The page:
You can’t train effectively if your fuel light is blinking, so find a brand of sports drinks and bars to use before, during, and after riding. There are many to choose from. Taste is important, of course, but so is digestibility. Some riders do fine with products that use fructose as a sweetener and carbohydrate source, while others find it produces gastro upset. Experiment, and don’t neglect common low-tech foods such as fruit, fig bars, and bagels. The idea is to use stuff you enjoy eating, so you’ll eat enough of it. Ample food and liquid is the key to strong performance on any ride that lasts longer than 3 hours.
Stationary cycling has become the buzz now that Graeme Obree and Marry Nothstein have shredded the competition with power attained by pedaling in place. But these park-and-ride devices have always been handy. For instance, by training inside, you can ride and watch the kids. No matter how stormy or dark it is, you can still pedal. Plus, think of the intervals you could do while watching the chase scene in “Bullet” or listening to cranked Pearl Jam. There are many well-made magnetic units, such as Blackburn’s RX-6 TrakStand ($210; 800/776-5677). These support your bike’s rear wheel and provide varying degrees of resistance. Or you can splurge for a computerized model such as Racermate’s CompuTrainer, a $1,200 device that does it all. It’s an indoor trainer connected to a PC, which displays power output in watts so you know what you can generate for how long. It also tells cadence and heart rate. There’s even a little electronic guy you can race, and you can do it on famous courses or enter your own, programming distance, head-winds, climbs, etc. It’s virtual reality training that makes it easy to put in a high-quality effort. Racermate, 206/524-7392 (WA).
In most states it’s illegal to ride on public roads while listening to headphones. But they’re plenty safe when you’re spinning indoors. Wear a jersey and you can slip the player into your hack pocket for instant access. Using a radio equipped with preset stations, you can quickly switch among talk shows, sports, and music.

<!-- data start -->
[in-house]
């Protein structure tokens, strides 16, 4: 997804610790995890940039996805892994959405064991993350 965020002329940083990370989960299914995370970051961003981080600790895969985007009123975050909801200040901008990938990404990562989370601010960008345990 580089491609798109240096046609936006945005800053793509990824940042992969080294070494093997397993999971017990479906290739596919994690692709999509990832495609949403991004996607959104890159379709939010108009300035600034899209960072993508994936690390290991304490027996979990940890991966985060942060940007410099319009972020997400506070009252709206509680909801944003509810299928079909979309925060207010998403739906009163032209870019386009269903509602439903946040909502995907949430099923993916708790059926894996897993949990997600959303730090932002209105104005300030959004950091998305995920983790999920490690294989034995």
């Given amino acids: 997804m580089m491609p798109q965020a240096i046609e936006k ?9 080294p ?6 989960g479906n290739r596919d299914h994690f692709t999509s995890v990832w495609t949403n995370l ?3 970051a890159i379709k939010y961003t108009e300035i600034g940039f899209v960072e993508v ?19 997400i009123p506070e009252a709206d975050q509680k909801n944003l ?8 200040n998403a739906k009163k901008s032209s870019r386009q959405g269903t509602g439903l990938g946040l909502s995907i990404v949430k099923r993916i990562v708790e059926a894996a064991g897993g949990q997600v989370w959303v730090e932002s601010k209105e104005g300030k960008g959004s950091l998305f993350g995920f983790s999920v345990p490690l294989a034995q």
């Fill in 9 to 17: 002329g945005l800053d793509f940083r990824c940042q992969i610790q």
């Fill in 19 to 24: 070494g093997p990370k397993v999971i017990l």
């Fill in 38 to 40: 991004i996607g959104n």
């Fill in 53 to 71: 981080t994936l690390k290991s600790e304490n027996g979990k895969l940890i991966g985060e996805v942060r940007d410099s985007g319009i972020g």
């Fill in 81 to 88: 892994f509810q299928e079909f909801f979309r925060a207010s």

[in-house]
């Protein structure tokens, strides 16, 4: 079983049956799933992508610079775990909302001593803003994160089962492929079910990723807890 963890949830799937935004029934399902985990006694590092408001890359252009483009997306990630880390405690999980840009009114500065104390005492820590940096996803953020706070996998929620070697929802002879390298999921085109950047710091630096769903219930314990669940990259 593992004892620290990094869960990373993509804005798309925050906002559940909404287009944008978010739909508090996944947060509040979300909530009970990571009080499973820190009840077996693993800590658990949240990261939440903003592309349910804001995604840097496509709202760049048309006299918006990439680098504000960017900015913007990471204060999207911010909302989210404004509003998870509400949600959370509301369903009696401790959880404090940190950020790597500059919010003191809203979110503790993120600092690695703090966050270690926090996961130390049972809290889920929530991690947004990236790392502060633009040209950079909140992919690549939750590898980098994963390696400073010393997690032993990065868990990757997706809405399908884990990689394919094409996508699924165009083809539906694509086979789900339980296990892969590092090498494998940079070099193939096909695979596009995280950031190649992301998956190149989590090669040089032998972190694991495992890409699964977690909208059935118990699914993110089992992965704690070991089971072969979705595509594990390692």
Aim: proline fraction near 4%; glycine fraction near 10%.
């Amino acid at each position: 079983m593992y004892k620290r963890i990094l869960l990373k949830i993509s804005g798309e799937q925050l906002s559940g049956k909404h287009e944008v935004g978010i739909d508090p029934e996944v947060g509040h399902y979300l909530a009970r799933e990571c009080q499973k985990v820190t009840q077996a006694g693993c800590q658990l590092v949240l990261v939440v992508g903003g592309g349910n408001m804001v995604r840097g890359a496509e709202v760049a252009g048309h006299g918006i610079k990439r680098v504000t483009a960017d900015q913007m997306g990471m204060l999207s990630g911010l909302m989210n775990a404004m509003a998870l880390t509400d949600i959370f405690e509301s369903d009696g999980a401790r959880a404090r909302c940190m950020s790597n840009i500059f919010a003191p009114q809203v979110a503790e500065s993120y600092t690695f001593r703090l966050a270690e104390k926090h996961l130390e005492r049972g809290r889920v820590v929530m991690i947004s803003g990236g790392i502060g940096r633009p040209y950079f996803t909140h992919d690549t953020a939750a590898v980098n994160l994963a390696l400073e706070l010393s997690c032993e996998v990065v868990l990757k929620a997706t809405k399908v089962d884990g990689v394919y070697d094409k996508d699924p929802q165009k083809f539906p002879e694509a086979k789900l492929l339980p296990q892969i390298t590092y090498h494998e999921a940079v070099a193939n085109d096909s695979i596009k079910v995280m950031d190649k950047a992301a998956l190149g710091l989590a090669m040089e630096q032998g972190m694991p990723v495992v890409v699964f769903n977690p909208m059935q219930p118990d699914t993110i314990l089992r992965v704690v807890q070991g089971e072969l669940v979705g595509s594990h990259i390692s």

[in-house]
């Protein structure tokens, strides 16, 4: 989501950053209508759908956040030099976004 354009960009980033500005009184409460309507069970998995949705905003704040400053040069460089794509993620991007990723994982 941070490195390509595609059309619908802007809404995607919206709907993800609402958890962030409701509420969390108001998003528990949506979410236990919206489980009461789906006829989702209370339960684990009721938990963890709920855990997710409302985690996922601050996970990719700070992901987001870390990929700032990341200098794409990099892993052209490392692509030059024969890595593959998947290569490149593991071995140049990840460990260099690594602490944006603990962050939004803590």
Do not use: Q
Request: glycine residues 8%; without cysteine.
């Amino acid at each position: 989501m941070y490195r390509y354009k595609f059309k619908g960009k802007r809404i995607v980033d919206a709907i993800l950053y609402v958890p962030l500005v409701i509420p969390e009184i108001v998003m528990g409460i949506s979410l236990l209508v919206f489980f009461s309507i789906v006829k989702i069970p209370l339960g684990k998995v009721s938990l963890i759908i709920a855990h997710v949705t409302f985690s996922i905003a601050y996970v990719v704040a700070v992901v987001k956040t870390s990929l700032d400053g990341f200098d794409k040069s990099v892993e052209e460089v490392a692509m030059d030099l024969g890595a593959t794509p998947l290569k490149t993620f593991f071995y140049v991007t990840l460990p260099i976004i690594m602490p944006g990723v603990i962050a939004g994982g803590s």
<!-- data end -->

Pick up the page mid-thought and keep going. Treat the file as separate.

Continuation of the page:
A good coach can help you achieve your potential by customizing a training program for your needs and goals. And the cost may be much less than you think. To find one, contact local shops, cycling clubs, or check classified ads in the USCF’s Cycling USA (for roadies) or NORBA News (for mountain bikers). You can reach these organizations at 719/578-4581 (CO). Some coaches have a national clientele, relying on periodic phone conversations and data collected with your heart-rate monitor and cycle computer to make training adjustments.
We probably wouldn’t have included Net Weight Racing’s “Race Weight” if we hadn’t seen it being used by the national team. This training aid is nothing more than a lead weight that’s attached to the bike’s down tube. There are 3 versions: 5.5 lbs. ($52), 7.7 lbs. ($56), and 9.9 lbs. ($60). The theory is, you have to work harder when carrying a hunk of lead so you can fly when it’s removed. The Race Weight attaches with hook-and-loop straps, has rubber pads at contact points to protect the paint, and is coated so you can’t touch the lead. Net Weight Racing, 415/381-3155 (CA). A similar product is made by PIGG Cycle (800/252-9299), which also makes weights that fit into a bottle cage.